Preserving Cuba's cuisine, one pig at a time
April 9th, 2012
10:00 AM ET
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Patrick Oppmann is CNN's correspondent based in Cuba and a barbecue enthusiast.

Cubans may live surrounded by water but the food that incites the most passion and culinary debate does not swim or slither. That honor is reserved for puerco asado, pork cooked over coals in the traditional style of the Cuban countryside.

As with many Cubans, Anselmo “Don” Bello swears on his honor that he cooks the best puerco asado on the entire island.

But unlike most of those other would-be top chefs, Bello’s phone rings off the hook each day with people asking him, pleading with him for one of his whole cooked pigs.

“Most people don’t know what a real Creole meal is,” Bello said, referring to the term for the Caribbean’s jumble of European and New World cultures. “The taste of the seasoning, the oregano, the onion, garlic and bitter orange. That’s been lost but we are rescuing it.”

Don Bello is leading his crusade to save Cuba’s culinary traditions in San Antonio del Rio Blanco, a small, country town, an hour inside of Havana.

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Filed under: 100 Places to Eat • Cuba • Cultural Identity • Culture • Ingredients • Meat • Think • Travel • Video

Whole hog BBQ - the Mount Everest of meat
August 26th, 2011
09:15 AM ET
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By now you’ve probably spent the summer putting perfect grill marks on skirt steaks and even smoked an entire pork shoulder.

Perhaps you have even made your own barbecue sauce and realized it's better than anything you could buy in a jar. Or maybe they know you by name when you walk into your local grill supply store and you count the days until the weekend when you can get up before dawn to start cooking barbecue that wont be ready until sundown.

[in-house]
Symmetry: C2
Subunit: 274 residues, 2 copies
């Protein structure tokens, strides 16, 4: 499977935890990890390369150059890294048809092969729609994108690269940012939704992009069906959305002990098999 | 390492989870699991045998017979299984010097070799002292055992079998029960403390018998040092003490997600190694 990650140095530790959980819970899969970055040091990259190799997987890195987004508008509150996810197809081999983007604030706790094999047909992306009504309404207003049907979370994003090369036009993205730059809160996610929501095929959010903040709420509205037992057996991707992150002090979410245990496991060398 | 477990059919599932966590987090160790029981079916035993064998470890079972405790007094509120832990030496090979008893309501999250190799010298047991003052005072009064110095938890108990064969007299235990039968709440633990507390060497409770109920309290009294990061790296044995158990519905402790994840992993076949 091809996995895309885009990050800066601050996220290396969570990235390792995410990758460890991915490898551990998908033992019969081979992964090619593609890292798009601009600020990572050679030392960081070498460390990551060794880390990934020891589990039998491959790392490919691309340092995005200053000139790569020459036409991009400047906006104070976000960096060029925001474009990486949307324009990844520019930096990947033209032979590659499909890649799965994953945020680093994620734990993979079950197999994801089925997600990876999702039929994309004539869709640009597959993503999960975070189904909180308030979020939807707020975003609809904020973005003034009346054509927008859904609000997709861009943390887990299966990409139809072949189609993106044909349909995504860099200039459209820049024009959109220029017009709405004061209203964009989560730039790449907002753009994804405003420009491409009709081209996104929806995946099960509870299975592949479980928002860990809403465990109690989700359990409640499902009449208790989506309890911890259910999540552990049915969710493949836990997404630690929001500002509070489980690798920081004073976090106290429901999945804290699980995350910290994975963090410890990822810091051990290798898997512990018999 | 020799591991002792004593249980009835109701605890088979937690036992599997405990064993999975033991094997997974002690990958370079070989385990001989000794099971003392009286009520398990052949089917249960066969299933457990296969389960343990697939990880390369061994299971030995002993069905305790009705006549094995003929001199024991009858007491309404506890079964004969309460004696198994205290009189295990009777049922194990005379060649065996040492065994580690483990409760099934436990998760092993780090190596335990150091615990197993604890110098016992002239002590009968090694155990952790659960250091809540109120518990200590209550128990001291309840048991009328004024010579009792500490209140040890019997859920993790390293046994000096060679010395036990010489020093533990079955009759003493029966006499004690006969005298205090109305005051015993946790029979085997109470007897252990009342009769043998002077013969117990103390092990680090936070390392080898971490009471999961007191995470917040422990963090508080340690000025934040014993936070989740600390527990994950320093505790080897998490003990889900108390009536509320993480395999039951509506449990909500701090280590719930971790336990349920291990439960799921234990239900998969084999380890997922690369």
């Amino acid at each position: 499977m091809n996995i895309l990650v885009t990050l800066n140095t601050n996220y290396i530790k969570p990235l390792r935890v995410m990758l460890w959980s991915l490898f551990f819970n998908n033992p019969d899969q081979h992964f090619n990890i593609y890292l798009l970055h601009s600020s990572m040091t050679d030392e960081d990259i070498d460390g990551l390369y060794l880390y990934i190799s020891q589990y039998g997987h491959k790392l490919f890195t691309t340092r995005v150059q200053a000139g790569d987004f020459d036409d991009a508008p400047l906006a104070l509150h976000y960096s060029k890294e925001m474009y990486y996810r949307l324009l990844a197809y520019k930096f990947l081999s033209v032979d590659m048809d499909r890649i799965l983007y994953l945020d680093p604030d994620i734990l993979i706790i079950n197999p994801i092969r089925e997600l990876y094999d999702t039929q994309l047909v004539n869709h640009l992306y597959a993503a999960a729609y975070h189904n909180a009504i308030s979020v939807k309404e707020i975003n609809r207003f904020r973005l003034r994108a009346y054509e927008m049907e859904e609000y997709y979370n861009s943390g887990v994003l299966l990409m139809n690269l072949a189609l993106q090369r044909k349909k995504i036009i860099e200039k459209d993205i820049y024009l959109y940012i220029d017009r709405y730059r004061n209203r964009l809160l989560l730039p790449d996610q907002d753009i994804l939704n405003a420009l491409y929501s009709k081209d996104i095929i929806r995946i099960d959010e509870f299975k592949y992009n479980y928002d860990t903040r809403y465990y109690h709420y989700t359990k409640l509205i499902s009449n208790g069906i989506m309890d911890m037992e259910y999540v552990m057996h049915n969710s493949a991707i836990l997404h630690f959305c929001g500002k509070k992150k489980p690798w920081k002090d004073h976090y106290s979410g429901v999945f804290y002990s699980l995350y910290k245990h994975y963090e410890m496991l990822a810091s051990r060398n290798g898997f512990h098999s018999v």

But deep down you know that until you cook a whole pig you just have been playing it safe.

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Filed under: Barbecue • Grilling • How To • Techniques & Tips

May 17th, 2011
01:00 AM ET
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Patrick Oppmann is a CNN All Platform Journalist and barbecue enthusiast.

Floods or no floods, in Memphis there was going to be a barbecue.

The Memphis in May World Championship Barbecue Cooking Contest, a yearly celebration off all things BBQ, is usually held along the city’s scenic and winding riverfront.

The festival draws over 200 top practitioners of the art of barbecue and thousands of their devoted fans.

But there was one large added logistical complication this year: the rising Mississippi River dumped feet of water on the park where the festival has been held for over 30 years.

Unless pitmasters were going to don scuba suits, a new location needed to be found and quickly.

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Filed under: Barbecue • Bite • Competitive BBQ • Cuisines

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